Bulimia is a vicious cycle. You may desperately want to break free, but don’t know how!
“Surely I can maintain my diet. I am going to do it properly this time!”
“I am going to stop binging, I promise myself I will stop.”
“I will lose some weight and then just maintain it.”
But none of this works, instead you find yourself on a dieting-binging cycle, which includes compensating for binging through exercise or purging.
And what’s worse, you find it hard to eat normally. You can’t remember how to do it! Even if you try, you obsess over what you ate and fear weight gain.
Why Bulimia is a Vicious Cycle
There are a number of reasons bulimia is a vicious cycle and whilst it can vary from person to person, these are the main reasons:
Dieting sets you up for binging.
Dieting puts your body into a “starvation” mode. This means you crave food. Even if you’re not consciously thinking about food, your body will crave it. Our minds have a way of tricking us into eating if we need it – and once you break a dieting “rule”, all “control” goes out the window.
Purging reinforces binging.
If you purge, you are unconsciously giving yourself permission to binge. That is, a binge is not perceived as super harmful to weight if you purge afterwards. Therefore, purging makes binging easier. For more reasons why you binge, read Why it can be Hard to Stop Binging.
Binging encourages food compensation.
Normally, if you binge, you seek out ways to compensate for the food you’ve eaten. You may exercise excessively, induce vomiting, use laxatives and resume dieting again.
You highly value your weight and shape (or control over food).
The importance you place on your weight and shape (or control over food) means you are motivated to diet and chastise yourself for failings (i.e. binging) – therefore, making yourself purge and diet again.
Weight loss feels good.
You like feeling light, clothes feeling loose, people commenting, and feeling in control. You strive for the Adrenalin rush that comes with weight loss, and as such, continue to diet and try to lose weight.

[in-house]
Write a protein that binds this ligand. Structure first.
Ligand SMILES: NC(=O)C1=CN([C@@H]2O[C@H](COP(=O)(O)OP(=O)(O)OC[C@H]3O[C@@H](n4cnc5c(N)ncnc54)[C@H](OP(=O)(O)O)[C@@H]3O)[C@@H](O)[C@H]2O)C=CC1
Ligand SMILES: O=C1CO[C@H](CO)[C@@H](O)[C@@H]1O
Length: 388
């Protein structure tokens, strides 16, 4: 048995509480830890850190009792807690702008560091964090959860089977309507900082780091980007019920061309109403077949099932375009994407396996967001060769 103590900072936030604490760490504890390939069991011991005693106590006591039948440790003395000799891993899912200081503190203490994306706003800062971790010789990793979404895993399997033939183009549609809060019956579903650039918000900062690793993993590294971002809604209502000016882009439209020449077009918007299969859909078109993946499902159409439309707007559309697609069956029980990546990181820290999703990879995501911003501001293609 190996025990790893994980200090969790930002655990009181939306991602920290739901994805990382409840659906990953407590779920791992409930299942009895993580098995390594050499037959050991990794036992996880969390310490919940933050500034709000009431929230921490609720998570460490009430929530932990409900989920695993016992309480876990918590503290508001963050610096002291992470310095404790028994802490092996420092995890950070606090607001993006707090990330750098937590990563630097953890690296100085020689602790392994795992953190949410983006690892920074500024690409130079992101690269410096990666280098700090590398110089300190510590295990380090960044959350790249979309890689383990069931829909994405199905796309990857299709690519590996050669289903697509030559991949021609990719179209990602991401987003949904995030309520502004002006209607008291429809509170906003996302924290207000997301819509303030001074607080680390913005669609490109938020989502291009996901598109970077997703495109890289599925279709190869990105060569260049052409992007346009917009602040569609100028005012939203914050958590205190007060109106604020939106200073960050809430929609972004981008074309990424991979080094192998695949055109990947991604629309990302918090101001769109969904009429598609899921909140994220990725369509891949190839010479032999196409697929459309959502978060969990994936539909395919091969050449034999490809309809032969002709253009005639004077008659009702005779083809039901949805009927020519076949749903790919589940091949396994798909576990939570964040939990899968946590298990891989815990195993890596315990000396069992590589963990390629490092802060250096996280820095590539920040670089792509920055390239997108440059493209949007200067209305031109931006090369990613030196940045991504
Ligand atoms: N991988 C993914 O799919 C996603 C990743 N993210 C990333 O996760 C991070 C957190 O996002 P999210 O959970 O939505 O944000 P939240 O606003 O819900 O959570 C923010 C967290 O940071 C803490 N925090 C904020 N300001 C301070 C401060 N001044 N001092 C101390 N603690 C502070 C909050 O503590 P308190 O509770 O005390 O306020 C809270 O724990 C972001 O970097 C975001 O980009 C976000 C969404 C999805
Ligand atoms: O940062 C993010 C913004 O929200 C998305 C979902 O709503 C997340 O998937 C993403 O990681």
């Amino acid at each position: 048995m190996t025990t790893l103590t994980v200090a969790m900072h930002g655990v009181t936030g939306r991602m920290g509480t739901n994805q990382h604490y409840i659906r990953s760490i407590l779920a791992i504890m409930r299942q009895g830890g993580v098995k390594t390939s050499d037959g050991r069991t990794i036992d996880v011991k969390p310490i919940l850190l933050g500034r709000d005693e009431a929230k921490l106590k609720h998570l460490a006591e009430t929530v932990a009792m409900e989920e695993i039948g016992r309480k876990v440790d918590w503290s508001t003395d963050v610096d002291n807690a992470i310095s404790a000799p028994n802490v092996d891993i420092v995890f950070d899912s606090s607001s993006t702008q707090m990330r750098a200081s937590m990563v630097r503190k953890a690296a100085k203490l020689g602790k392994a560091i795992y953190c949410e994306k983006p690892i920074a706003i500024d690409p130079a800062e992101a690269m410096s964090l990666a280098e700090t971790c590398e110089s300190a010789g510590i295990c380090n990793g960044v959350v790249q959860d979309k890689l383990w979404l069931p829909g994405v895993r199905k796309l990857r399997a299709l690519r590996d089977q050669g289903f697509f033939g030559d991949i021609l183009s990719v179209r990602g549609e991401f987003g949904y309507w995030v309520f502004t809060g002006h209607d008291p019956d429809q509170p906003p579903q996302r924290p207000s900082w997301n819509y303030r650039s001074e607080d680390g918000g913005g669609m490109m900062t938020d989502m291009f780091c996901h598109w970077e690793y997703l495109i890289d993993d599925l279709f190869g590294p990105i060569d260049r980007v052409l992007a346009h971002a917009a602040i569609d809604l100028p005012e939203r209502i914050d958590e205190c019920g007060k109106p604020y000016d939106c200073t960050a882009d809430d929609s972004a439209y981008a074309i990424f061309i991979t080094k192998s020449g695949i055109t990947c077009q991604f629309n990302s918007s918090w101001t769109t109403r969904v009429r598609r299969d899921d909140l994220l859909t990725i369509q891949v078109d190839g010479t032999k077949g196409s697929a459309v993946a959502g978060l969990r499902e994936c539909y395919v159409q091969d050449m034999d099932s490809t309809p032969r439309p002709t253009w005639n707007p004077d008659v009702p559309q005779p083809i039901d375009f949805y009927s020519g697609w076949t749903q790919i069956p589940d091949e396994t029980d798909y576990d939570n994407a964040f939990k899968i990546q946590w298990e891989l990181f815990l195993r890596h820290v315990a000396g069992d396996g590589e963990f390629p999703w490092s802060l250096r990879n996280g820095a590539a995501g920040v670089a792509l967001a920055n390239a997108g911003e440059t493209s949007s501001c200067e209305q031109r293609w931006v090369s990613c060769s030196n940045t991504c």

There are other reinforcing relationships within bulimia, but let’s not complicate an already complicated disorder.
What Does Bulimia Treatment Involve?
At a minimum, Bulimia treatment should involve weekly psychology sessions, where an evidence-based therapy, such a CBT-E (Cognitive-behavioural Therapy – Enhanced) or DBT (Dialectical Behaviour Therapy) is used. Treatment is most effective if a dietician and GP are also involved. A dietician will help you gain confidence with eating and reduce your fear of weight gain. While a GP will monitor your health, which can be greatly compromised if you have an eating disorder. Often people suffering eating disorders will also require medication via a psychiatrist to manage extreme moods of depression and anxiety. Read Eating Disorder Help in Melbourne: What’s Out There? to understand all of your treatment options.
Does Bulimia Treatment Work?
Yes!! If you commit to regular sessions with your treatment team, regardless of how you are feeling, you should see results. But it’s important to note, treatment is not short-term, studies show it takes a minimum of 20 psychology sessions to recover from bulimia. However, recovery is worth it: You will gain your freedom back and start to feel good about yourself.
How can Peaceful Mind Psychology Help?
We are a team of warm and experienced psychologists, who have a specialised interest in eating disorder treatment. Our psychologists are competent and experienced in eating disorder treatments for Bulimia, including: Cognitive-behavioural Therapy-Enhanced (CBT-E), Interpersonal Psychotherapy, and Dialectical Behavioural Therapy .
Peaceful Mind Psychology also offers group therapy for eating disorders and information sessions for carers and families. If you would like some professional assistance contact us at Peaceful Mind Psychology.